Baylor has offered Austin a coaching position as he completes his degree, and the NBA has also offered him a yet-to-be-determined position.
“These past couple of days have really taught me a lot about myself,” he said. “They’ve really shown me no matter what obstacle you’re thrown in life, there’s always a way around it. There’s no reason somebody should hang their head or not have the confidence in themselves in doing something.”
Austin won’t ever play in the NBA, but on Thursday, he was a champion.
“It has been a dream come true,” he said. “I’ve met so many people that are supporting me and they don’t even know me on a personal level. Just being around all the draftees and seeing all my friends get drafted, it just brings joy in my heart because I know how hard we work to get to this point. I’ve been through it. Everything, the late nights in the gym, the early mornings in the gym, the injuries, the tears, the sweat, the blood. Everything.”
Miami appears perfect destination for Napier
One of the interesting aspects of Roxbury native Napier heading to the Heat to perhaps join LeBron James is his Hispanic background in a Latino-dominated region.
“I was raised by my mom, and my mom’s full Puerto Rican, I kind of think I’m 75 percent,” Napier said. “I actually went out there my sophomore year and actually trained with the Puerto Rican team. It’s definitely something special. It’s super special definitely because my grandmother and my grandfather, they love it down there [in Puerto Rico]. If I get a chance down there to go play for them, best bet I’m going to bring them with me.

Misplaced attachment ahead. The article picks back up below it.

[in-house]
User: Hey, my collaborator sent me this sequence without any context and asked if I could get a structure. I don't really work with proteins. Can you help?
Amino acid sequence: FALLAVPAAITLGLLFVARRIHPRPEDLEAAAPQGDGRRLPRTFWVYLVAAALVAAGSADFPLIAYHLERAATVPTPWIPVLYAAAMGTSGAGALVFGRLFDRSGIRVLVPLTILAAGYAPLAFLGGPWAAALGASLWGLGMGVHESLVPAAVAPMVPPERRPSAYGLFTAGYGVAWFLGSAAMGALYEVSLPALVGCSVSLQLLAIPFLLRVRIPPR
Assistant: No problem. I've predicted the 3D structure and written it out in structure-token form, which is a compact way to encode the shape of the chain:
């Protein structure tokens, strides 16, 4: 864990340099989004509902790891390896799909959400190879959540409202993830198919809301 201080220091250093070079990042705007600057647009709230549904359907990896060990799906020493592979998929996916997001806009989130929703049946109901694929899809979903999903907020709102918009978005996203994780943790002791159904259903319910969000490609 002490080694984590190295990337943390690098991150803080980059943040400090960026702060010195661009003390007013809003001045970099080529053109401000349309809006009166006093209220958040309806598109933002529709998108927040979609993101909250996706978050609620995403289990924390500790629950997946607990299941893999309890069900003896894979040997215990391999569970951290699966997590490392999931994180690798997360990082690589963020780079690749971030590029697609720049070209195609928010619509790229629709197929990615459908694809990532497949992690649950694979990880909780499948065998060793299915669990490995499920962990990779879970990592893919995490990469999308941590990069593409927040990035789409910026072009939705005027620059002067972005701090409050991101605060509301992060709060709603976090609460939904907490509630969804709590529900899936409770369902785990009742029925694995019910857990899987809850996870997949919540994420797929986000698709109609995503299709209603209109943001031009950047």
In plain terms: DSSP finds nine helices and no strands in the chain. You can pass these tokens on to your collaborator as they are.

“It’s just a special moment, and knowing that there’s a lot of Hispanics down in the Miami area, that’s going to bring a lot more people, it’s super special, man. My mind right now is twirling. I’m going to be honest with you. I’m just super happy right now.”
Napier was considering leaving school following his junior season but made the astute move to remain for his final season. And that season eventually became legendary, as he led seventh-seeded UConn to the national championship. Napier’s stock rose and he gained an admirer in James, who said repeatedly that Napier was his favorite player entering the draft.
The Heat swapped picks with the Hornets to get Napier at 24th overall, hoping that his presence will help retain James, who opted out of his contract last week. Napier’s meteoric rise from Charlestown High School to the NBA is a journey that he has cherished.
“Yeah, I didn’t do it on my own, I can tell you that much,” he said. “I got about a handful of guys that pushed me to get to where I am now. I’m just so happy that they were able to do that.
“I mean, it was tough. Just like any other neighborhood, there’s always people that are going to compete with you. But they allowed me to understand and see what I can be from when I was young, 8 years old — a little kid running on the court during halftime shooting basketballs, to me right now in front of you guys who continue to push me. Like I said, it’s a special feeling.”